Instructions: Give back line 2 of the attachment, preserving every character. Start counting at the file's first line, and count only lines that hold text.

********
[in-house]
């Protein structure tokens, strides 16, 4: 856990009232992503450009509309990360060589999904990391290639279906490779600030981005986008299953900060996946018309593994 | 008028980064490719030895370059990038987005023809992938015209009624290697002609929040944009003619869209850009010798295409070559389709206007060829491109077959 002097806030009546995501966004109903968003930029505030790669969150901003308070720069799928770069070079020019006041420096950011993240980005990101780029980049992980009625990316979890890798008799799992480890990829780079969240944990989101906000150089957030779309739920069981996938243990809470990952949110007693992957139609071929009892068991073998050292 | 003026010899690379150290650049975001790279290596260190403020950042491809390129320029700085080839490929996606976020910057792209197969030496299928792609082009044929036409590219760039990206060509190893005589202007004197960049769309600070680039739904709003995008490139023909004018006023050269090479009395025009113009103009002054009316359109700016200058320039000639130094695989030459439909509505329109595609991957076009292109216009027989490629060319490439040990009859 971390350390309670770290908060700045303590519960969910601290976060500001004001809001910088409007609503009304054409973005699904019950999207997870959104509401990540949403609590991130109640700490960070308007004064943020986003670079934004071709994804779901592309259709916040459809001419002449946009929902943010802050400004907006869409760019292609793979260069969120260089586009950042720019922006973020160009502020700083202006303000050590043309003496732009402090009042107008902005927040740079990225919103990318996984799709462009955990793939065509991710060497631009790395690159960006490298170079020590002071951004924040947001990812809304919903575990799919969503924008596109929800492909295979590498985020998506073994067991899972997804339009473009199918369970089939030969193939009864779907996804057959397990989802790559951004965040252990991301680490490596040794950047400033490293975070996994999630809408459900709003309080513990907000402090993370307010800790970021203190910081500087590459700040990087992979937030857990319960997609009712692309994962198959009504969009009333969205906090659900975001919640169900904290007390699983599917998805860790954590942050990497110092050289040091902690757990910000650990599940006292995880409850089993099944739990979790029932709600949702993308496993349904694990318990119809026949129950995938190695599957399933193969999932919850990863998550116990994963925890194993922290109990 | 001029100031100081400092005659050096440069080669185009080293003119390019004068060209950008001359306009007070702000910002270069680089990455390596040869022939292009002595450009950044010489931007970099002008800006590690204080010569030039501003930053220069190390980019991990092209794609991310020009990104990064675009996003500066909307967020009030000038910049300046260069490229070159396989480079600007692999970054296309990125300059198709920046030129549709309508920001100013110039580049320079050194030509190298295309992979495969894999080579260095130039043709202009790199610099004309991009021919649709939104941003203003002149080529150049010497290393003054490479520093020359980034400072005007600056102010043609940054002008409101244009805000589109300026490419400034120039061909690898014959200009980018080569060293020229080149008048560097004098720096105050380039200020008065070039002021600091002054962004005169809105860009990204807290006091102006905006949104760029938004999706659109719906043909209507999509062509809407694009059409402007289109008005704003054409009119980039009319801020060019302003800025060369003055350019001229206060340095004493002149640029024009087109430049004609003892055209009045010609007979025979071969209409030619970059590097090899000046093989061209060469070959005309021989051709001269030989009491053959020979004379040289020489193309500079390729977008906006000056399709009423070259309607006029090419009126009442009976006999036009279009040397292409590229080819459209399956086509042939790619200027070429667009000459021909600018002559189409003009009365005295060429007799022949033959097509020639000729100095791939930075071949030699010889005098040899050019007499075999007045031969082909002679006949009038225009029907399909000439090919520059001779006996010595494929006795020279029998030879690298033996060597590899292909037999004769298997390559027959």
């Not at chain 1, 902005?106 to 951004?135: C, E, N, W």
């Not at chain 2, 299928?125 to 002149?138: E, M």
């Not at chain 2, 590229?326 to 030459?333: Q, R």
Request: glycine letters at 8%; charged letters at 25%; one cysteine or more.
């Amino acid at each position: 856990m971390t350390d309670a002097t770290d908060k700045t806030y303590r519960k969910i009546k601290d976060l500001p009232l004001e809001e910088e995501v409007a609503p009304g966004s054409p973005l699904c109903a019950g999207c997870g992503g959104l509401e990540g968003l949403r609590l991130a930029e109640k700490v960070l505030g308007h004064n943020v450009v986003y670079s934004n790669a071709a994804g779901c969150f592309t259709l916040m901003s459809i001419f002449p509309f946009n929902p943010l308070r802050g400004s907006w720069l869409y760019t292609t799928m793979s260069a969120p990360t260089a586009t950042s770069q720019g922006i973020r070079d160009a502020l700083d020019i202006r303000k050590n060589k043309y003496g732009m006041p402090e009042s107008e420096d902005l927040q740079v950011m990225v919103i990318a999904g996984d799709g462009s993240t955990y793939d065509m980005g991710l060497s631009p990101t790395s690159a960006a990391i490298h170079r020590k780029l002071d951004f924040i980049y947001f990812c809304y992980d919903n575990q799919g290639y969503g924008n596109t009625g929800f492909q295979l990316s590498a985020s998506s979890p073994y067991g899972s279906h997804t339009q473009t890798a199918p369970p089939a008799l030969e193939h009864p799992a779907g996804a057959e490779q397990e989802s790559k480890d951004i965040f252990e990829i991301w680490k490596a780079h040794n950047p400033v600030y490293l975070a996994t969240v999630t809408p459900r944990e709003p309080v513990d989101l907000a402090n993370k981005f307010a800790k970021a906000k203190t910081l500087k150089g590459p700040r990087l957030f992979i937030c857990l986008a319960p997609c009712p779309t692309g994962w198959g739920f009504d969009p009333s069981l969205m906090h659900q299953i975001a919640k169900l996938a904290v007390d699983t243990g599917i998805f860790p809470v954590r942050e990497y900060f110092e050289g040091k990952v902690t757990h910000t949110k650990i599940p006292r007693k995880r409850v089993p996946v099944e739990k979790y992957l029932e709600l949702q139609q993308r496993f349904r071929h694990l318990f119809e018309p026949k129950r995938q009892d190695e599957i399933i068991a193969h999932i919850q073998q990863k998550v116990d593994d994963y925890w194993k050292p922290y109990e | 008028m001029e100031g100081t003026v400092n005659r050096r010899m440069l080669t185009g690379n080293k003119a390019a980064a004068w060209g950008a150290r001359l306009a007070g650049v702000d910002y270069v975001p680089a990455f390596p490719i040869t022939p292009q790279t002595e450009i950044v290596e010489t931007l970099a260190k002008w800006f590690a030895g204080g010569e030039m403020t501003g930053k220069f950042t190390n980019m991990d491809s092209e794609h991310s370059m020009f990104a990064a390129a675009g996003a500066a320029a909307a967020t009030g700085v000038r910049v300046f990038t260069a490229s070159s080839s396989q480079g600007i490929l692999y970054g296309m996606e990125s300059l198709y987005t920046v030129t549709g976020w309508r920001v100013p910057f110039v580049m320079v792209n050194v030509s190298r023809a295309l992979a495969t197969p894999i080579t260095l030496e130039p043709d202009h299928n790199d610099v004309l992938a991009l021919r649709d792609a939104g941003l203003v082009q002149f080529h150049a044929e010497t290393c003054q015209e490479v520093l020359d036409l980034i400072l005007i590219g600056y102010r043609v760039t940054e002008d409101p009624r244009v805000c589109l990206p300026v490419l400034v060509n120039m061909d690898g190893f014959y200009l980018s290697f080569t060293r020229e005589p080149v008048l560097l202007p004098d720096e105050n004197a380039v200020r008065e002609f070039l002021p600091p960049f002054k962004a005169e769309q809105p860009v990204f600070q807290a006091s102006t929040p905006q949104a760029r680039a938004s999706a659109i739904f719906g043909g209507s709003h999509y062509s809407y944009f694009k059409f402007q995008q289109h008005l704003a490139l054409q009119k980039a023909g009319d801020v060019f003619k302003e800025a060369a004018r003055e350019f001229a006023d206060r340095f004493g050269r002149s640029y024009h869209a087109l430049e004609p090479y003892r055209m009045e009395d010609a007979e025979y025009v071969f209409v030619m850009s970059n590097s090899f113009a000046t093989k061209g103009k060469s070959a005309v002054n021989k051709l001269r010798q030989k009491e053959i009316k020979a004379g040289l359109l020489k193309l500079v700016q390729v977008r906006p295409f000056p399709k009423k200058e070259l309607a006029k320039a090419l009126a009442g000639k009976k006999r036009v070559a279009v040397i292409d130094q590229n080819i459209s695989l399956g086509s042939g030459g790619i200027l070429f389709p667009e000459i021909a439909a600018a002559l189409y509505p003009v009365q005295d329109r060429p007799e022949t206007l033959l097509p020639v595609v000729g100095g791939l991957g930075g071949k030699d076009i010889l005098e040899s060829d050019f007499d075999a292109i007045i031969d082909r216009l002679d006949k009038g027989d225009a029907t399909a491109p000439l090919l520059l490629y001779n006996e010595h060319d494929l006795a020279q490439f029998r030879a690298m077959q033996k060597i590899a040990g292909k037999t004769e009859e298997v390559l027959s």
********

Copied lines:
């Protein structure tokens, strides 16, 4: 856990009232992503450009509309990360060589999904990391290639279906490779600030981005986008299953900060996946018309593994 | 008028980064490719030895370059990038987005023809992938015209009624290697002609929040944009003619869209850009010798295409070559389709206007060829491109077959 002097806030009546995501966004109903968003930029505030790669969150901003308070720069799928770069070079020019006041420096950011993240980005990101780029980049992980009625990316979890890798008799799992480890990829780079969240944990989101906000150089957030779309739920069981996938243990809470990952949110007693992957139609071929009892068991073998050292 | 003026010899690379150290650049975001790279290596260190403020950042491809390129320029700085080839490929996606976020910057792209197969030496299928792609082009044929036409590219760039990206060509190893005589202007004197960049769309600070680039739904709003995008490139023909004018006023050269090479009395025009113009103009002054009316359109700016200058320039000639130094695989030459439909509505329109595609991957076009292109216009027989490629060319490439040990009859 971390350390309670770290908060700045303590519960969910601290976060500001004001809001910088409007609503009304054409973005699904019950999207997870959104509401990540949403609590991130109640700490960070308007004064943020986003670079934004071709994804779901592309259709916040459809001419002449946009929902943010802050400004907006869409760019292609793979260069969120260089586009950042720019922006973020160009502020700083202006303000050590043309003496732009402090009042107008902005927040740079990225919103990318996984799709462009955990793939065509991710060497631009790395690159960006490298170079020590002071951004924040947001990812809304919903575990799919969503924008596109929800492909295979590498985020998506073994067991899972997804339009473009199918369970089939030969193939009864779907996804057959397990989802790559951004965040252990991301680490490596040794950047400033490293975070996994999630809408459900709003309080513990907000402090993370307010800790970021203190910081500087590459700040990087992979937030857990319960997609009712692309994962198959009504969009009333969205906090659900975001919640169900904290007390699983599917998805860790954590942050990497110092050289040091902690757990910000650990599940006292995880409850089993099944739990979790029932709600949702993308496993349904694990318990119809026949129950995938190695599957399933193969999932919850990863998550116990994963925890194993922290109990 | 001029100031100081400092005659050096440069080669185009080293003119390019004068060209950008001359306009007070702000910002270069680089990455390596040869022939292009002595450009950044010489931007970099002008800006590690204080010569030039501003930053220069190390980019991990092209794609991310020009990104990064675009996003500066909307967020009030000038910049300046260069490229070159396989480079600007692999970054296309990125300059198709920046030129549709309508920001100013110039580049320079050194030509190298295309992979495969894999080579260095130039043709202009790199610099004309991009021919649709939104941003203003002149080529150049010497290393003054490479520093020359980034400072005007600056102010043609940054002008409101244009805000589109300026490419400034120039061909690898014959200009980018080569060293020229080149008048560097004098720096105050380039200020008065070039002021600091002054962004005169809105860009990204807290006091102006905006949104760029938004999706659109719906043909209507999509062509809407694009059409402007289109008005704003054409009119980039009319801020060019302003800025060369003055350019001229206060340095004493002149640029024009087109430049004609003892055209009045010609007979025979071969209409030619970059590097090899000046093989061209060469070959005309021989051709001269030989009491053959020979004379040289020489193309500079390729977008906006000056399709009423070259309607006029090419009126009442009976006999036009279009040397292409590229080819459209399956086509042939790619200027070429667009000459021909600018002559189409003009009365005295060429007799022949033959097509020639000729100095791939930075071949030699010889005098040899050019007499075999007045031969082909002679006949009038225009029907399909000439090919520059001779006996010595494929006795020279029998030879690298033996060597590899292909037999004769298997390559027959």